Over three million tourists visited Malta in 2023, the first time this milestone has been hit, tourism authorities said on Monday.

This was over 8% higher than the previous record high in 2019, when almost 2.8m visitors travelled to Malta, before the COVID-19 pandemic brought the industry crashing to a halt.

“In the past we took decades to reach 2019 levels, now it took less than three years to surpass these levels, a year less than what was originally planned”, Tourism Minister Clayton Bartolo said.

“We have managed to diversify markets, spread the age distribution of visitors, as well as widen the spectrum of why tourists visit Malta”, he added.

According tot he Malta Tourism Authority, 3,002,823 tourists visited Malta last year. That figure differs from the 2,975,670 visitors recorded by the National Statistics Office.

The discrepancy is due to NSO figures not tracking cruise liner passengers who spend the night in Malta, MTA representatives told Times of Malta.

Data presented by the MTA suggests Malta’s recovery from the pandemic has eclipsed that of most other Mediterranean countries.

While the global tourism count still trails pre-pandemic figures, at 88% of what it was back in 2019, travel to Europe’s Mediterranean countries is now 1% higher than it was five years ago, lower than Malta’s 8% increase.

Tourists spent €132 each day, Italy tops the charts

According to MTA, tourists spent a total of €2.7b in Malta throughout 2023, with each tourist spending the equivalent of €132 each day.

This total expenditure was a fifth higher than it was in 2019.

2023 was also the first year on record during which British tourists did not top the list of visitors, having been pipped to the post by Italian visitors.

Almost 40% of all incoming tourists came from either Italy or the UK, with French and German tourists also performing well.

Nonetheless, the overall number of British tourists has dipped by some 17% since 2019, with authorities hoping to see the UK market recover in the coming years.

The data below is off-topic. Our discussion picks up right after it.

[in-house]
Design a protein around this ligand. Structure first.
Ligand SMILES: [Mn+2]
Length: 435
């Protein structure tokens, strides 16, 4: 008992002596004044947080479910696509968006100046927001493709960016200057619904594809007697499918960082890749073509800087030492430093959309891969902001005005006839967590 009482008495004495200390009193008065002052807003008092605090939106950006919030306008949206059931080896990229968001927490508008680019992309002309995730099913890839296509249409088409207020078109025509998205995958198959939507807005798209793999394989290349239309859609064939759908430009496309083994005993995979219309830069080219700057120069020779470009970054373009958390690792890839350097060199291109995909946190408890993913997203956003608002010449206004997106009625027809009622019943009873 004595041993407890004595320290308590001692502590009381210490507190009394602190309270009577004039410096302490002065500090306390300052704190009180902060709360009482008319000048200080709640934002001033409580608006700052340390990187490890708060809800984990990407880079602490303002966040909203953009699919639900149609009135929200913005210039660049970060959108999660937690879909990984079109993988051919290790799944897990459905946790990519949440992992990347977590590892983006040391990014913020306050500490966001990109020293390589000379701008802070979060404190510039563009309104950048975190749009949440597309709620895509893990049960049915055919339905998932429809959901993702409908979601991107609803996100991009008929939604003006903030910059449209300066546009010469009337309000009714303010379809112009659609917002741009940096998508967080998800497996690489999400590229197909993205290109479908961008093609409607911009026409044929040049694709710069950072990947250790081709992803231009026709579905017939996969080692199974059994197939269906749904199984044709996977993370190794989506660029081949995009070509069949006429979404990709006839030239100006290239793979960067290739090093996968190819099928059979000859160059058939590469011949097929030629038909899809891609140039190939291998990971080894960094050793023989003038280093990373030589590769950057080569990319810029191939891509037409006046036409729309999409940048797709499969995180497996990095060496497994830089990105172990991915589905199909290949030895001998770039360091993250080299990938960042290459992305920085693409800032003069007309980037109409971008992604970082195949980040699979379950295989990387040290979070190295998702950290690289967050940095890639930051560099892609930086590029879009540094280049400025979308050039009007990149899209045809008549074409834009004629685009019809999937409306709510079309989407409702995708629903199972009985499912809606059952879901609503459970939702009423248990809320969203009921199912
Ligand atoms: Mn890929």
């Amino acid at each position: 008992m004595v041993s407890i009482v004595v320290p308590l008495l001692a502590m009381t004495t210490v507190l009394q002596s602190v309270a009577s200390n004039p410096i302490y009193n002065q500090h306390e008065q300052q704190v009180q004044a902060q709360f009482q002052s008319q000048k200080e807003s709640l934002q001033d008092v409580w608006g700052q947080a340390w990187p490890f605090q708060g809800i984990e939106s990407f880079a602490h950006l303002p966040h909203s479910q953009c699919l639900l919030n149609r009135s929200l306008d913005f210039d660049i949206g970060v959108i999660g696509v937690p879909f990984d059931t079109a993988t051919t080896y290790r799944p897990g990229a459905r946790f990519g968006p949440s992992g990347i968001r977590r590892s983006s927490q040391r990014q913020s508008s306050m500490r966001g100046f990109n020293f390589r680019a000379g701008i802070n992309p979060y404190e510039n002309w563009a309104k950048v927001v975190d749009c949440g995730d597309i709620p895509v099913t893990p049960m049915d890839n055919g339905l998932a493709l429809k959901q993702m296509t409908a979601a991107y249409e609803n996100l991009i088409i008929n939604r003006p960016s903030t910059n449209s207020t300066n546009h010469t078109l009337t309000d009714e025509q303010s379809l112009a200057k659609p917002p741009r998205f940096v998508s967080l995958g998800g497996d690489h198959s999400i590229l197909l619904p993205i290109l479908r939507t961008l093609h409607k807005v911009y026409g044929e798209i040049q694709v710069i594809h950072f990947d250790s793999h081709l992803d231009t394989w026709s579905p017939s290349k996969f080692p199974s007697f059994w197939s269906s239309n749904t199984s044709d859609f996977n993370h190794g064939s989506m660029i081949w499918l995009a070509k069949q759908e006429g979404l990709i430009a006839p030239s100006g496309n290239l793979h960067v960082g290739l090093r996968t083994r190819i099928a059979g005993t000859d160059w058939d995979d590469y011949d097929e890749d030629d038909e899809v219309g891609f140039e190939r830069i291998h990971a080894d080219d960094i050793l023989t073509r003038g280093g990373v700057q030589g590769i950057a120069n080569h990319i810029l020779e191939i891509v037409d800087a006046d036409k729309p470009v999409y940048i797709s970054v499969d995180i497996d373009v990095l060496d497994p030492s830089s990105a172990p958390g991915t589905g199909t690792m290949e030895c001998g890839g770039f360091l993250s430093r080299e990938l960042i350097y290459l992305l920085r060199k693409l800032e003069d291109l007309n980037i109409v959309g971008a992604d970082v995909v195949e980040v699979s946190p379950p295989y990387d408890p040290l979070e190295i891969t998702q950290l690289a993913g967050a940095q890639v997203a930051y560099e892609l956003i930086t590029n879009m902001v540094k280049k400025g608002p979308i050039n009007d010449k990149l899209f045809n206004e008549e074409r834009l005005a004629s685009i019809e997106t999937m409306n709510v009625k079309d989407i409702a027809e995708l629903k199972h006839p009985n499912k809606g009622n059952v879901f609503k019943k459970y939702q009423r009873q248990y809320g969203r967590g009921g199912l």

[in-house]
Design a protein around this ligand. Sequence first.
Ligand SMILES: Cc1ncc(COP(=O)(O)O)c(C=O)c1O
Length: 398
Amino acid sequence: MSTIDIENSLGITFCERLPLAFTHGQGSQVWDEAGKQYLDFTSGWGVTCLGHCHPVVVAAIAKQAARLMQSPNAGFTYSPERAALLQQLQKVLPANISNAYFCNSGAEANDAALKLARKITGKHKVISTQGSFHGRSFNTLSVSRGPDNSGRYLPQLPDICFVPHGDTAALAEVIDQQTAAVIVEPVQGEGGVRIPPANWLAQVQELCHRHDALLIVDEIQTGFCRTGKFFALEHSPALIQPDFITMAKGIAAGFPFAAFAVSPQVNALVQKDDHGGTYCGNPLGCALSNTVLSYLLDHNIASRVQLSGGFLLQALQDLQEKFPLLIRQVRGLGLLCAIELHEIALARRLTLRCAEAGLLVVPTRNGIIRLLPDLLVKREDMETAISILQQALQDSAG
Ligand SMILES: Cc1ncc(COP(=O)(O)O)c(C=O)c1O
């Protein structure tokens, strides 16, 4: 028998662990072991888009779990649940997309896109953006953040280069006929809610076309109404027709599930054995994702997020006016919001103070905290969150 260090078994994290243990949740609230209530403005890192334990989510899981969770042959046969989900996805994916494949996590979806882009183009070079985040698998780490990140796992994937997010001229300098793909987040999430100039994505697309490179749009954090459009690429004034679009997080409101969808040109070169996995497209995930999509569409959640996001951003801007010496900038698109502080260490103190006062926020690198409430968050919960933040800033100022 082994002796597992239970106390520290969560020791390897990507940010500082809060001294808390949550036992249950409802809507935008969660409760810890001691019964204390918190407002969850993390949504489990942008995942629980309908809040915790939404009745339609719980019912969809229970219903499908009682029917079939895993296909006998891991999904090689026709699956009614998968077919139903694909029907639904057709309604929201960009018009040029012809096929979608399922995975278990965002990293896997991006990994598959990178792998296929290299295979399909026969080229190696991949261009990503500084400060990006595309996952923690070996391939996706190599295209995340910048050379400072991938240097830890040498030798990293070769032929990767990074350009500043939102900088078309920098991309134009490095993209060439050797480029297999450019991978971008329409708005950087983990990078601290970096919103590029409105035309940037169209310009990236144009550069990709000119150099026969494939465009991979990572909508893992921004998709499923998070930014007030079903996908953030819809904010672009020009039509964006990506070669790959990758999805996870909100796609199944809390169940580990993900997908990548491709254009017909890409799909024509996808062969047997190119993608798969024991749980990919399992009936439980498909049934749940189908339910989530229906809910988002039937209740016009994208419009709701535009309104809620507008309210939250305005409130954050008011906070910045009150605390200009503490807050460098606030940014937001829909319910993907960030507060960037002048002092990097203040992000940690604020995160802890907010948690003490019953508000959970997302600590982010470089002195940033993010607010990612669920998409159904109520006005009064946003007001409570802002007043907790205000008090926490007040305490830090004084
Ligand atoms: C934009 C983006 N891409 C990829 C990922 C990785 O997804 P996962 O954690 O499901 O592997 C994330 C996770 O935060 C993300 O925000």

Polish tourists, on the other hand, have shot up by 60%, with over 167,000 Poles visiting Malta last year.

Minister eyeing long-haul visitors

Addressing industry insiders, Tourism Minister Clayton Bartolo said that the country’s “next step” is to target long-haul visitors.

Rattling off a list of countries, including Japan, USA, Australia and the Gulf countries, Bartolo said that “talks are underway” with operators to make Malta a viable option for travellers from these regions.

Data shows that 55,000 tourists visited Malta from the USA in 2023, with a further 53,000 from Australia. However, both registered under 2% of Malta’s total tourist arrivals, virtually unchanged since 2019.

Bartolo admitted that Malta's tourism numbers place "great responsibility" on the government, the public and industry operators, saying that the quality of service needs to be improved to attract higher-quality tourists.

"Quality and quantity need to walk hand-in-hand," he said, describing a reform requiring third-country nationals working in the sector to obtain a skills card as "one of the boldest moves in the industry’s history" that will take the industry "a notch higher".

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